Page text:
Why has that cycle stalled in the past decade? One theory is that the financial crisis was so deep that it has taken years of easy (or "cheap," if you prefer) money to climb back to anything approaching normal. Another holds that, with all the novel measures the Fed took to halt the Great Recession, including quantitative easing, much higher interest rates will be needed to return to the status quo. A third posits that although the official unemployment rate is low, there are still millions who are underemployed or out of the workforce, and hence employment in America isn't quite as rosy as it appears.
Those explanations suggest that, while inflation has not yet returned, it's only a matter of time, so it's prudent for the Fed to take action now, gradually, while it can. But other theories posit that something has changed permanently and structurally. The McKinsey Global Institute has made waves with its bold predictions of an increasingly robotic future that will make many jobs obsolete. And it doesn't take an elite consultancy to notice that technology is creating massive deflation of goods and services: A smartphone that retails for less than $1,000 does the work of equipment that cost 10 times that a decade ago, and food and clothing (once a considerable portion of a typical family's budget) continue to decline in price. What's more, the disparity between skilled workers, whose wages are rising, and workers with fewer or outdated skills means there can be inflation in urban hubs like New York and San Francisco and deflation everywhere else, which would make broad-brush Fed policy into a bazooka, helping and harming simultaneously. The Fed staff surely knows that, but the bank cannot set regional monetary policy, only national.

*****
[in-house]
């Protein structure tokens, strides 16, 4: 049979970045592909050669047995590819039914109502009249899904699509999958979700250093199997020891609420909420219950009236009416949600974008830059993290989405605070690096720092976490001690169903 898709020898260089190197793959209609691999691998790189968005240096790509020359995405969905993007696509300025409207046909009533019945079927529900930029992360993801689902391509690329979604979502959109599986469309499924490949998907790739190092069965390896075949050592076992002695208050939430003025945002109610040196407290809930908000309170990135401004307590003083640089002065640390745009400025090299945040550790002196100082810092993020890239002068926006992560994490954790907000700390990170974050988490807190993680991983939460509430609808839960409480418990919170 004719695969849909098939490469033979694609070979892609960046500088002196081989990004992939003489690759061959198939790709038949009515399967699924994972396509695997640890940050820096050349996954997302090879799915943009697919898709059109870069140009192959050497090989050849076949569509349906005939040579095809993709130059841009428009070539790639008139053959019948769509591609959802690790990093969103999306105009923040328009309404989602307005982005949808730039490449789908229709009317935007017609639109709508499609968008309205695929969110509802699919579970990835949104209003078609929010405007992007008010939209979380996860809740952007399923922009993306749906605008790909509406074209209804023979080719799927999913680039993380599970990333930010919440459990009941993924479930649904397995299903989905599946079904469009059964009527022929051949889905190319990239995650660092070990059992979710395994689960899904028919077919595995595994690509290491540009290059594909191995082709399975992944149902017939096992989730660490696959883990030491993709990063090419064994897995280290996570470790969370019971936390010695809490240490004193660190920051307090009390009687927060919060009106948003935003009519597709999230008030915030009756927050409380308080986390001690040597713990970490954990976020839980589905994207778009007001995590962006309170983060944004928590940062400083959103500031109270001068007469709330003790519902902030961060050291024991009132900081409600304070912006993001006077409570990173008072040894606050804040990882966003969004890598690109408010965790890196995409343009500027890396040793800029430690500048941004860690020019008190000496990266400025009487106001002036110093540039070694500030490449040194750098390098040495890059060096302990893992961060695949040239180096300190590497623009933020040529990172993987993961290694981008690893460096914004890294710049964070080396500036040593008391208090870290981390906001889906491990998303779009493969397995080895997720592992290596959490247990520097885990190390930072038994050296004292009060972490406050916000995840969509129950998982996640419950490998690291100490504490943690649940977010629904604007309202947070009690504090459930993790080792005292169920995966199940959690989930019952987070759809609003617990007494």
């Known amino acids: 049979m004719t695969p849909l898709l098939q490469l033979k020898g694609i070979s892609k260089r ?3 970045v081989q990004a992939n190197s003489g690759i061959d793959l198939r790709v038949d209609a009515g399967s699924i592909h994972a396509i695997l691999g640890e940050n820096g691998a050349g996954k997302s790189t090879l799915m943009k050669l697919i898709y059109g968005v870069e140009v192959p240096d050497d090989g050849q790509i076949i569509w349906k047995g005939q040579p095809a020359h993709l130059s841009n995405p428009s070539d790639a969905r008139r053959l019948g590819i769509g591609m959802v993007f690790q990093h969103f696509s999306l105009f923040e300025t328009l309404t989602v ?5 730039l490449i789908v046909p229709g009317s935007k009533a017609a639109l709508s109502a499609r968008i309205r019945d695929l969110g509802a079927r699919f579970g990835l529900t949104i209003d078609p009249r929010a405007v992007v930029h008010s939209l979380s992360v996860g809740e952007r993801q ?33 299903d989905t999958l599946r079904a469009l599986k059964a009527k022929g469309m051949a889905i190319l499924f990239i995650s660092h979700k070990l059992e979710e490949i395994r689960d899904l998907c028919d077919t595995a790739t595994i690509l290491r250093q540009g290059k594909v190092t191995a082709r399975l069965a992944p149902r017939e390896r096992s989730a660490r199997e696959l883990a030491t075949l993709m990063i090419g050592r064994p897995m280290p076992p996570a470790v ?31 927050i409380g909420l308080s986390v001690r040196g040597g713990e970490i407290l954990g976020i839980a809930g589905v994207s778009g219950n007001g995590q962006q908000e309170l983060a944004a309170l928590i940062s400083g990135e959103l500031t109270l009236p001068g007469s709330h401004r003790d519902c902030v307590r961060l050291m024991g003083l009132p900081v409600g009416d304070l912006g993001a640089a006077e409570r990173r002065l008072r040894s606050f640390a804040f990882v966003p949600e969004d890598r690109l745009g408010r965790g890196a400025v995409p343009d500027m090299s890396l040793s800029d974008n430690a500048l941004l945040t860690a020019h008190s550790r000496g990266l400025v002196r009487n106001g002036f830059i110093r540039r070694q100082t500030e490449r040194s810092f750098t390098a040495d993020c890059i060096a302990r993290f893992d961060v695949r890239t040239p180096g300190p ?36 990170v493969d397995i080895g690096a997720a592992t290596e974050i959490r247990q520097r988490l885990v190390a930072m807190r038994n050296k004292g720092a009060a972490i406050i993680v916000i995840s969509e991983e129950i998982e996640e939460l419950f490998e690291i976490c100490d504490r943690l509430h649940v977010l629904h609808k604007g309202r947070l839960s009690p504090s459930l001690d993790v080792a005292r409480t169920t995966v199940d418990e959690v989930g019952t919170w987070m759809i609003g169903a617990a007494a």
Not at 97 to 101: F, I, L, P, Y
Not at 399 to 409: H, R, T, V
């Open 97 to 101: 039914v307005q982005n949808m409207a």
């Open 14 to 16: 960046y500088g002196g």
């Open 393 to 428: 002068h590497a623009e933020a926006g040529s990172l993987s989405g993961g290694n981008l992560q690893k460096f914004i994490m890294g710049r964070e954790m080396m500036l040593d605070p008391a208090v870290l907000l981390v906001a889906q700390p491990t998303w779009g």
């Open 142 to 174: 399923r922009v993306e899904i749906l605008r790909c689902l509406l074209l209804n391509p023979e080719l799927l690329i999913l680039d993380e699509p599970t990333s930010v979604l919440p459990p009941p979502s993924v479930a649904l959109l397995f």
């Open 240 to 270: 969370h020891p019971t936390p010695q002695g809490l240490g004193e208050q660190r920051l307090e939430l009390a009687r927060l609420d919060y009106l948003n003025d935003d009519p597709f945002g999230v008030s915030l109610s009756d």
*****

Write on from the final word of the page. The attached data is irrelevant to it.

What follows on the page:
If we're simply in a slow-motion version of a familiar cycle, then the Fed's current approach will prove just fine. But if there's a deep structural change in our economic system — brought on not just by technology but by the global emergence of a multibillion-strong middle class and by supply chains and business stretched across the globe, no matter how much the current occupant of the White House may disapprove — then using old models to fight nonexistent inflation will wind up being a potentially costly miscalculation, prematurely putting the brakes on an economy that's slowly healing.
The task for the Fed and the world's other central bankers is hardly enviable or easy. No institutions or their stewards abandon old models and plunge into the new without being forced to by circumstances. The familiar is almost always easier to defend than the novel, even if that proves the wrong path in hindsight. There's a reason people always fight the last war.
For now, however, there is no crisis, which gives bankers and economists the time and space to consider what to do if the old model is no longer applicable. In the recession of 2008-2009, urgency dictated creativity. Today, alas, calm is fostering complacency.
Karabell is the head of global strategies at Envestnet, a financial services firm, and the author of "The Leading Indicators: A Short History of the Numbers That Rule Our World."